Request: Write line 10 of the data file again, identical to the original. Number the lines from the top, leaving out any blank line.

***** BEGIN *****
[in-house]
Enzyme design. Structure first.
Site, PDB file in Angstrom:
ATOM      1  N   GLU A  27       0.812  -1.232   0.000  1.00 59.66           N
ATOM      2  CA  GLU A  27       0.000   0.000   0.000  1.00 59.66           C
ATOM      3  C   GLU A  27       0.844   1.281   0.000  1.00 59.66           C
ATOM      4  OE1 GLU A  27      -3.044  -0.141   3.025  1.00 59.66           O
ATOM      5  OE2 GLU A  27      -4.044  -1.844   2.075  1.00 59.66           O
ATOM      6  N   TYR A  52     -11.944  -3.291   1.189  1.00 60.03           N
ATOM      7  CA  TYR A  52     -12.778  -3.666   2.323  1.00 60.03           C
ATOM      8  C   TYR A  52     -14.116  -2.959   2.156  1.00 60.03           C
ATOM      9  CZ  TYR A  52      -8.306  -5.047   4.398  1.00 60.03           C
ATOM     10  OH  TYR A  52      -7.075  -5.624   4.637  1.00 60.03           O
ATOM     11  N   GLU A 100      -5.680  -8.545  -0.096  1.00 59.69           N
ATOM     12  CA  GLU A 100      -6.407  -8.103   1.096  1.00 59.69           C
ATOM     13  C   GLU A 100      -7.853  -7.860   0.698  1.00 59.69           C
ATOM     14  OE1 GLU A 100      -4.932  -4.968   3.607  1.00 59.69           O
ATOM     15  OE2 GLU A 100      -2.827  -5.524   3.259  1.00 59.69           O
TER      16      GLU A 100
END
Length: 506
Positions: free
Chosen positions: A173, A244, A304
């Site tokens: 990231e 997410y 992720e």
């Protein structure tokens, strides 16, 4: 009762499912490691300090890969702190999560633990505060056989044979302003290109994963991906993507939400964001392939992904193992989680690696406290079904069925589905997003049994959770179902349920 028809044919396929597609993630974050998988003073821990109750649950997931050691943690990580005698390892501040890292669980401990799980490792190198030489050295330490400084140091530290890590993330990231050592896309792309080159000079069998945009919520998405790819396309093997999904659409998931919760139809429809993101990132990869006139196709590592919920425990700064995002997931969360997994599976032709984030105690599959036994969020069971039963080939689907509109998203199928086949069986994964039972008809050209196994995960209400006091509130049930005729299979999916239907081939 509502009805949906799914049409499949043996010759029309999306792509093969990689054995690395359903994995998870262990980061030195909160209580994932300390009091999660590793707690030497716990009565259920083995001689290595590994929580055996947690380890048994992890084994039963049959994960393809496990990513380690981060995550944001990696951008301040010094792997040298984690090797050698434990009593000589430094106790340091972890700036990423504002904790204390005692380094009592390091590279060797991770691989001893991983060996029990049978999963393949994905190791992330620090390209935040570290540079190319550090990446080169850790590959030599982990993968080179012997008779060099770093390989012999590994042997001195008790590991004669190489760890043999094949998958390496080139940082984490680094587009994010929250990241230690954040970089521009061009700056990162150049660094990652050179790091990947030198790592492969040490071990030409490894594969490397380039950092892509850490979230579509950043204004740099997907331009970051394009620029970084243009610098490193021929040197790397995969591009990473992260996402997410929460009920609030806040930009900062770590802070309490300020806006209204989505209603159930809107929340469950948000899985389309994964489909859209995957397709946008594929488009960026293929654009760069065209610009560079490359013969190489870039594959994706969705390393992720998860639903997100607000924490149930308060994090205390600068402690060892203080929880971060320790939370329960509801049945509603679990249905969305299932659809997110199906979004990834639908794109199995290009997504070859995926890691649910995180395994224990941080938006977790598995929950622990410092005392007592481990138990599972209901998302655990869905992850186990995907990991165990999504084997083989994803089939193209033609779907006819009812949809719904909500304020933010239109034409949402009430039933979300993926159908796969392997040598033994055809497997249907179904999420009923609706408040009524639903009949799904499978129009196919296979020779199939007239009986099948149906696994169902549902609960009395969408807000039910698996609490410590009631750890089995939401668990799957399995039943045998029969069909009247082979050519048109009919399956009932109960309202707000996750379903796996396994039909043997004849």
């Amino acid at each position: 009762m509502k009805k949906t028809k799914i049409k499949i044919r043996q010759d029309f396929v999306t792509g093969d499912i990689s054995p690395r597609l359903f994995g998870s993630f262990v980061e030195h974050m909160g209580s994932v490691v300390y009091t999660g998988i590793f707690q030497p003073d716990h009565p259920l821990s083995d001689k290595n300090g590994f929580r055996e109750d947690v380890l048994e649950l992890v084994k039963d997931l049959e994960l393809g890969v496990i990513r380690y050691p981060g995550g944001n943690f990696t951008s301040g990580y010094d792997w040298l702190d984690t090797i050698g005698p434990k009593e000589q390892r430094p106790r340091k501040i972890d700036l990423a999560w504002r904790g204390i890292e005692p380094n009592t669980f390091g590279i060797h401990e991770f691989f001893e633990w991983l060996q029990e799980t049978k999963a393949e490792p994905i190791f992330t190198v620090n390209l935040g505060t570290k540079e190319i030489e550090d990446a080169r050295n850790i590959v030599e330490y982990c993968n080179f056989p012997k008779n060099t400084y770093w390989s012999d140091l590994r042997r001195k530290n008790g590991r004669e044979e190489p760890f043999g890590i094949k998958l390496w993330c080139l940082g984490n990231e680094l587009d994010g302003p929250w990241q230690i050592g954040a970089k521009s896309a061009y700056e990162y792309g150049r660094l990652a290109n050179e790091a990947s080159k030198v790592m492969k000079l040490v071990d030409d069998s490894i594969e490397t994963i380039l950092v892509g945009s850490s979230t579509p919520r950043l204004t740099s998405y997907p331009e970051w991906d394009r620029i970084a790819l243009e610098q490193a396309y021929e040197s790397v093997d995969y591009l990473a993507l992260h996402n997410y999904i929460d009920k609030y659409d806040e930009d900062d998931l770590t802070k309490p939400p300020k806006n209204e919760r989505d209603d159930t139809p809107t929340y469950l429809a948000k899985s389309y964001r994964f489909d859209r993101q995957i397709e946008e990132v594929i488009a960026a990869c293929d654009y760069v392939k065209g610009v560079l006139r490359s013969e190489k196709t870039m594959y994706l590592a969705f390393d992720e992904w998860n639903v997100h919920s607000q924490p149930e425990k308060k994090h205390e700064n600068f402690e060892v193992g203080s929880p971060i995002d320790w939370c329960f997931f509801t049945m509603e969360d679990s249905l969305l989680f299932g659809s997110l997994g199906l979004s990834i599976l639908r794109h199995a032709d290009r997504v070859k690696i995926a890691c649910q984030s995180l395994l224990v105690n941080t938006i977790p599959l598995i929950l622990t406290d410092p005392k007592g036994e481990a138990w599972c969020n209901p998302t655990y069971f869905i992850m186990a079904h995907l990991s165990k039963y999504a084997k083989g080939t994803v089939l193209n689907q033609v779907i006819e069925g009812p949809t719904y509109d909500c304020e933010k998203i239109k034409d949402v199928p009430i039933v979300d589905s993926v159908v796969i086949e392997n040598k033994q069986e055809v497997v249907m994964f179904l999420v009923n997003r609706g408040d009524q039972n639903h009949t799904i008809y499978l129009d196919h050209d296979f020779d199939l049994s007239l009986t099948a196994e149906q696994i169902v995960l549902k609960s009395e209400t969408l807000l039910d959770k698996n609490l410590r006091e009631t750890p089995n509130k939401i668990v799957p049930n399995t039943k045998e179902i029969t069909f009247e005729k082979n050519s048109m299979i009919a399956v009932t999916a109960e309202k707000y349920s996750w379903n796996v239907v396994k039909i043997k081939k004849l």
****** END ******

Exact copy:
ATOM      7  CA  TYR A  52     -12.778  -3.666   2.323  1.00 60.03           C